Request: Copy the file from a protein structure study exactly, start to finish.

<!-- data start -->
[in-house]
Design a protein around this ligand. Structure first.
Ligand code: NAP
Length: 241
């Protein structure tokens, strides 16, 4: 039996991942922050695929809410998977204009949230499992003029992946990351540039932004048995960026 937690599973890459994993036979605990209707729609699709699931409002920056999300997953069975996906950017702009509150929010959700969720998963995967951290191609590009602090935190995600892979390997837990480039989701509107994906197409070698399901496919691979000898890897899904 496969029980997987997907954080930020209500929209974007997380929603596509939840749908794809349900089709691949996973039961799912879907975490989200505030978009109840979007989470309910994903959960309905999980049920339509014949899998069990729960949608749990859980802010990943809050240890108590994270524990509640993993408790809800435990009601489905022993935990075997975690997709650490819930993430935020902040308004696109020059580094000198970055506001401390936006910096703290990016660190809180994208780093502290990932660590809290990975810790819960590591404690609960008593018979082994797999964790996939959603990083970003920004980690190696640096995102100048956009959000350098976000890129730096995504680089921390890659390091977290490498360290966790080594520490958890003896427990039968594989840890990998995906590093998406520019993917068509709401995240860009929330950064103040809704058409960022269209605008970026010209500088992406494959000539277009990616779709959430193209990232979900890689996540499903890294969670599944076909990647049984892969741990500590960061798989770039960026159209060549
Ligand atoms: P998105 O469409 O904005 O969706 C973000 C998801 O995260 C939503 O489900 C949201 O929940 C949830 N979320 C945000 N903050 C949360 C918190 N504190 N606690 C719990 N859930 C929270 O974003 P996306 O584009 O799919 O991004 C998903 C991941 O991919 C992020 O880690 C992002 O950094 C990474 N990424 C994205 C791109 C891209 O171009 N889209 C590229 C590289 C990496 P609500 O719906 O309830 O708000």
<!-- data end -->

[in-house]
Design a protein around this ligand. Structure first.
Ligand code: NAP
Length: 241
């Protein structure tokens, strides 16, 4: 039996991942922050695929809410998977204009949230499992003029992946990351540039932004048995960026 937690599973890459994993036979605990209707729609699709699931409002920056999300997953069975996906950017702009509150929010959700969720998963995967951290191609590009602090935190995600892979390997837990480039989701509107994906197409070698399901496919691979000898890897899904 496969029980997987997907954080930020209500929209974007997380929603596509939840749908794809349900089709691949996973039961799912879907975490989200505030978009109840979007989470309910994903959960309905999980049920339509014949899998069990729960949608749990859980802010990943809050240890108590994270524990509640993993408790809800435990009601489905022993935990075997975690997709650490819930993430935020902040308004696109020059580094000198970055506001401390936006910096703290990016660190809180994208780093502290990932660590809290990975810790819960590591404690609960008593018979082994797999964790996939959603990083970003920004980690190696640096995102100048956009959000350098976000890129730096995504680089921390890659390091977290490498360290966790080594520490958890003896427990039968594989840890990998995906590093998406520019993917068509709401995240860009929330950064103040809704058409960022269209605008970026010209500088992406494959000539277009990616779709959430193209990232979900890689996540499903890294969670599944076909990647049984892969741990500590960061798989770039960026159209060549
Ligand atoms: P998105 O469409 O904005 O969706 C973000 C998801 O995260 C939503 O489900 C949201 O929940 C949830 N979320 C945000 N903050 C949360 C918190 N504190 N606690 C719990 N859930 C929270 O974003 P996306 O584009 O799919 O991004 C998903 C991941 O991919 C992020 O880690 C992002 O950094 C990474 N990424 C994205 C791109 C891209 O171009 N889209 C590229 C590289 C990496 P609500 O719906 O309830 O708000």